Hopefully someone will be able to answer for you. Usually you will find something that moves in a way to indicate parallax correction if it has it. Most of the old folders did not, but as you see from this post, some certainly did. Welta did it on some of their non-RF folders with a viewfinder that moved when you moved a slider forward.

If oneone can answer your question, please let us know when you do find out.
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Old 03-30-2011   #11
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BTW, you might want to look at these sites while you wait for someone to give you an answer:

http://www.cameraquest.com/zikontb.htm

http://www.rangefinderforum.com/foru...hp/t-2951.html

http://groups.yahoo.com/group/ZICG/
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Old 03-30-2011   #12
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Seems like some basic info on old time viewfinders might help folks.

First before the Nikon F came out no one even expected a viewfinder to be very accurate. If you needed very accurate framing you used a view camera with a ground glass back. And even some of them were not real precise because the film holders were not.

OK, the way they did it was like the OP's second post. Notice that the actual view is much smaller than the negative area. You adjusted by cropping when you made your print. Now I know that cropping became a no-no in the 1970, mostly to show that the photographer was rich enough to afford a Nikon F or F2. The other just pretended that what they got was what the wanted, but their camera actually showed about the area of a mounted slide (22mm x 34mm).

But with most larger format cameras cropping was the norm. Most view finders showed about 85-90% of frame, some times much less, and were not too precise in direction. And, that varied from camera to camera, even with the same brand and model, so about the only way you can determine just where to point the camera was by experience.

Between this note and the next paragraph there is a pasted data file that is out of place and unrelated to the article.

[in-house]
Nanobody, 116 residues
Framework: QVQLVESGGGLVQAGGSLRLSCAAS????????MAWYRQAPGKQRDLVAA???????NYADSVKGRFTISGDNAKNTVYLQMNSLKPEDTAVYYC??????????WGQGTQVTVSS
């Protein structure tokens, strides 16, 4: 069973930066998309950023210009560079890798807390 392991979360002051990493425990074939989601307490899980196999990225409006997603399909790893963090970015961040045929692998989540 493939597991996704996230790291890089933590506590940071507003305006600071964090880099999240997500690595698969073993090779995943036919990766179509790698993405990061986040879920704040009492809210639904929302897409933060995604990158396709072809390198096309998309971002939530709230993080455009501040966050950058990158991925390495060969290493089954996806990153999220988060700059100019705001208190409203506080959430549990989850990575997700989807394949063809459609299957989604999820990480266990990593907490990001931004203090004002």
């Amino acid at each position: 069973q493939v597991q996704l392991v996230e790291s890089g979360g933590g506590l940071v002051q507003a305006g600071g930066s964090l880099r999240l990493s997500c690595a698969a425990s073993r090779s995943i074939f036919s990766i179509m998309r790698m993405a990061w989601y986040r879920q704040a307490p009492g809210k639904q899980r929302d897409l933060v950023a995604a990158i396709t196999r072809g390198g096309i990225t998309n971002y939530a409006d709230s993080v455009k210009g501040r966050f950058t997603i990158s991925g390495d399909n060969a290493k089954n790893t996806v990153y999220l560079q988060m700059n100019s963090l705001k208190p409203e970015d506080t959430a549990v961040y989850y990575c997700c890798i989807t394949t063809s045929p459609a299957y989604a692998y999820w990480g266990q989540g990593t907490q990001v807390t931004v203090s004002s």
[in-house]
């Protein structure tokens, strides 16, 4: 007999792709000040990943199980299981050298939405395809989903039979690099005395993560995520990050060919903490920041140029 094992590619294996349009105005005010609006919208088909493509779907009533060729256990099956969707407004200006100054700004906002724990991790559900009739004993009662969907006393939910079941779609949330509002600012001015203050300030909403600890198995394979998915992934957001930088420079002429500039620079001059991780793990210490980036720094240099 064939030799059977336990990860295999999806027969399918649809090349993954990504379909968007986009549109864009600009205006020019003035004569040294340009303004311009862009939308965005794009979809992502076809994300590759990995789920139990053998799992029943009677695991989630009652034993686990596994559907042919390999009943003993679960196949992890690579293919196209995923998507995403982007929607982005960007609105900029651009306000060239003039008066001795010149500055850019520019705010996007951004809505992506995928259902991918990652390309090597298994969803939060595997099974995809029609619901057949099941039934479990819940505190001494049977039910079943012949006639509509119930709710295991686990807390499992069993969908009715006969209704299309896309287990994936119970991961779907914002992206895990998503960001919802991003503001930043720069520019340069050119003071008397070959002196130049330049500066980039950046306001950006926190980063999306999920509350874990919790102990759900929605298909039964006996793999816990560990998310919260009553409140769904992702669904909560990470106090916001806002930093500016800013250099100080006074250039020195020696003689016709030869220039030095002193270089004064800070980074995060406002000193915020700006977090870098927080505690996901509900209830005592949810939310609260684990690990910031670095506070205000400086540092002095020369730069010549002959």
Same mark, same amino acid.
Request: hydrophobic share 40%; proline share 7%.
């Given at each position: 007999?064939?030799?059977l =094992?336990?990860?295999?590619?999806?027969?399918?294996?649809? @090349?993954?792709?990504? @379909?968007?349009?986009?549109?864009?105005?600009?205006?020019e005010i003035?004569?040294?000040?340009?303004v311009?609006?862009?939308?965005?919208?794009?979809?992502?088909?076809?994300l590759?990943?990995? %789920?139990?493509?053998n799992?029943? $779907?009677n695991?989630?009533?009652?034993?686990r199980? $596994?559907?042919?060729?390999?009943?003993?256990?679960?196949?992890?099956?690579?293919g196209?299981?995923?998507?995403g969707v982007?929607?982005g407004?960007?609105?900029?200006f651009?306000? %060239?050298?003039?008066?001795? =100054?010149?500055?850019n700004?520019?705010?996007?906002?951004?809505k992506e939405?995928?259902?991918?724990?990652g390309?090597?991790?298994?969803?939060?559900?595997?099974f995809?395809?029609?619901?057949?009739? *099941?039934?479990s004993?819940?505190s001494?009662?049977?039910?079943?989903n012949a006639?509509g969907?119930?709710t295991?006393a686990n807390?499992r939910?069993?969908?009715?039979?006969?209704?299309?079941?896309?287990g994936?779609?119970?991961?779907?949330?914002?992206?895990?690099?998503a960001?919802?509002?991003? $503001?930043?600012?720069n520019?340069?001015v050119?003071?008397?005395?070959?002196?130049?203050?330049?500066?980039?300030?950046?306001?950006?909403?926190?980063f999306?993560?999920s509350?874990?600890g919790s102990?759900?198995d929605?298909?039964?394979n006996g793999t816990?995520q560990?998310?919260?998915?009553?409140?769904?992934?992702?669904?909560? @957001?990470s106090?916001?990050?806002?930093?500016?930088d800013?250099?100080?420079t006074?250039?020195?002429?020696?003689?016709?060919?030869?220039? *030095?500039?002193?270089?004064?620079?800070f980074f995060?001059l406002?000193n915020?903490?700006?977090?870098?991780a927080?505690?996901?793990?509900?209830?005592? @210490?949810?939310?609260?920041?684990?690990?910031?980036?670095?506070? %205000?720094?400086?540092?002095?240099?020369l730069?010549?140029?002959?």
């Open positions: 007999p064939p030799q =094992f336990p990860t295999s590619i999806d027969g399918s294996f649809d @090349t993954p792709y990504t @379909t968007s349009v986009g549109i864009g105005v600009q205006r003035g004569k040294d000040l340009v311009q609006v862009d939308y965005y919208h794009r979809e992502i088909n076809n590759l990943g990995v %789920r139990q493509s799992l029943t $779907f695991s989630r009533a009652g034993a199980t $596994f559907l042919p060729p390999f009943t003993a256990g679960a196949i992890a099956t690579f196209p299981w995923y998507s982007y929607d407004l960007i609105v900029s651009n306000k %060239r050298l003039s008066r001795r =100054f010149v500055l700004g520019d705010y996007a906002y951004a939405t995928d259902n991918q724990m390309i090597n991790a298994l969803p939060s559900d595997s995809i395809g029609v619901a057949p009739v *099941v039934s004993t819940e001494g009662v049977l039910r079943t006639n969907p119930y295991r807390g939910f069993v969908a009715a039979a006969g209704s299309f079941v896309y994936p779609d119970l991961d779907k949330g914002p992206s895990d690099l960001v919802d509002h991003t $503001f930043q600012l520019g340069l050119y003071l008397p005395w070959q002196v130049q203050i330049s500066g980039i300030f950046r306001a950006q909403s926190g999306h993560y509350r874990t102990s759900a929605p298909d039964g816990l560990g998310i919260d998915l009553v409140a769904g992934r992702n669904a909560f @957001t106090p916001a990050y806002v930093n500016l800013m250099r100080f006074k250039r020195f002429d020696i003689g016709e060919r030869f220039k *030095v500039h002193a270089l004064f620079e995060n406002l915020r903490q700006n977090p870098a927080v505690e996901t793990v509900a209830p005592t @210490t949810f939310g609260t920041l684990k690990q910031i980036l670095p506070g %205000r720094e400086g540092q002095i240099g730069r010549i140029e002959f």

Notice that you still have to do it that way with older cameras, no one can tell you exactly what to expect, except the former owner of the camera if he actually used it much.

If your old camera has parallax adjustment all it does is bring the close up image closer to the center of the negative, the framing is still quite a bit smaller than actual negative image. So, the best advice is to tell you that cropping is your friend, and suggest that you frame rather loosely.

To put it another way, consider the viewfinder an aiming device rather than a framing device. That way you do not have to worry too much about not being able to see the edges of the view finder if you wear glasses like I do.
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Old 03-30-2011   #13
Ernst Dinkla
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[quote= The Hexar AF compensates for parallax and magnification.[/quote]

And that goes back to the Konica Pearl IV. Which was copied by the Polaroid Pathfinders instant rollfilm folder cameras, 110A, 110B, 120, 150 and several other related models have parallax and field of view compensation. The 110B and the 900 in a combined range- and viewfinder that borrowed a lot from the Konica Paerl IV one.

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Old 03-30-2011   #14
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My experience with Iskra is so far that I need to compensate for parallax only in vertical direction. With Zorki I always assumed that the rangefinder spot stays in the center of the viewfinder, and positioned my eye according to that, then compensated for parallax. This is different with Iskra because it's rangefinder spot moves together with the moving image. (I think most people use the rangefinder spot as a reference for the viewfinder edges, simply because it is so much less blurry than the edges themselves in the primitive russian viewfinder.)
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Old 03-30-2011   #15
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Quote:
Originally Posted by Finder View Post
The Hexar AF compensates for parallax and magnification.
And yet it's terribly inaccurate. One of the reasons I sold the camera. Leica M's , even the late ones with notoriously bad frame lines, are better.